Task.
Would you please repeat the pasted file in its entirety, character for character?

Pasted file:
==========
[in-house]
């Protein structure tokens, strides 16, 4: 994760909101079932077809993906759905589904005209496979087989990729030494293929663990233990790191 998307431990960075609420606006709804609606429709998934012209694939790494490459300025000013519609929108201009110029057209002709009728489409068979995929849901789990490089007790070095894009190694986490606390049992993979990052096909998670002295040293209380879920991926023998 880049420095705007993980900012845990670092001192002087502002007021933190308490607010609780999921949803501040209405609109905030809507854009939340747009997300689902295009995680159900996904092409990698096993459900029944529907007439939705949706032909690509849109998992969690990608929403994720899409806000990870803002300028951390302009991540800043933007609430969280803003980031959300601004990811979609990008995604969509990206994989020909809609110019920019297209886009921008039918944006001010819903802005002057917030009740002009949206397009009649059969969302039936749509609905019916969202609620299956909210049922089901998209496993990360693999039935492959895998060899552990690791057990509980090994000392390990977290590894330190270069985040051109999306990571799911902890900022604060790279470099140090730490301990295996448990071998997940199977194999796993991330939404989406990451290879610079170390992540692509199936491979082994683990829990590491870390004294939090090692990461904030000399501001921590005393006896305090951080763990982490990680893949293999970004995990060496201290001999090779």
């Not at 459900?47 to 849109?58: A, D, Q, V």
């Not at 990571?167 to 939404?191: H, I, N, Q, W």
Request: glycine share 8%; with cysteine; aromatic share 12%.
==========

[in-house]
């Protein structure tokens, strides 16, 4: 994760909101079932077809993906759905589904005209496979087989990729030494293929663990233990790191 998307431990960075609420606006709804609606429709998934012209694939790494490459300025000013519609929108201009110029057209002709009728489409068979995929849901789990490089007790070095894009190694986490606390049992993979990052096909998670002295040293209380879920991926023998 880049420095705007993980900012845990670092001192002087502002007021933190308490607010609780999921949803501040209405609109905030809507854009939340747009997300689902295009995680159900996904092409990698096993459900029944529907007439939705949706032909690509849109998992969690990608929403994720899409806000990870803002300028951390302009991540800043933007609430969280803003980031959300601004990811979609990008995604969509990206994989020909809609110019920019297209886009921008039918944006001010819903802005002057917030009740002009949206397009009649059969969302039936749509609905019916969202609620299956909210049922089901998209496993990360693999039935492959895998060899552990690791057990509980090994000392390990977290590894330190270069985040051109999306990571799911902890900022604060790279470099140090730490301990295996448990071998997940199977194999796993991330939404989406990451290879610079170390992540692509199936491979082994683990829990590491870390004294939090090692990461904030000399501001921590005393006896305090951080763990982490990680893949293999970004995990060496201290001999090779």
């Not at 459900?47 to 849109?58: A, D, Q, V």
């Not at 990571?167 to 939404?191: H, I, N, Q, W």
Request: glycine share 8%; with cysteine; aromatic share 12%.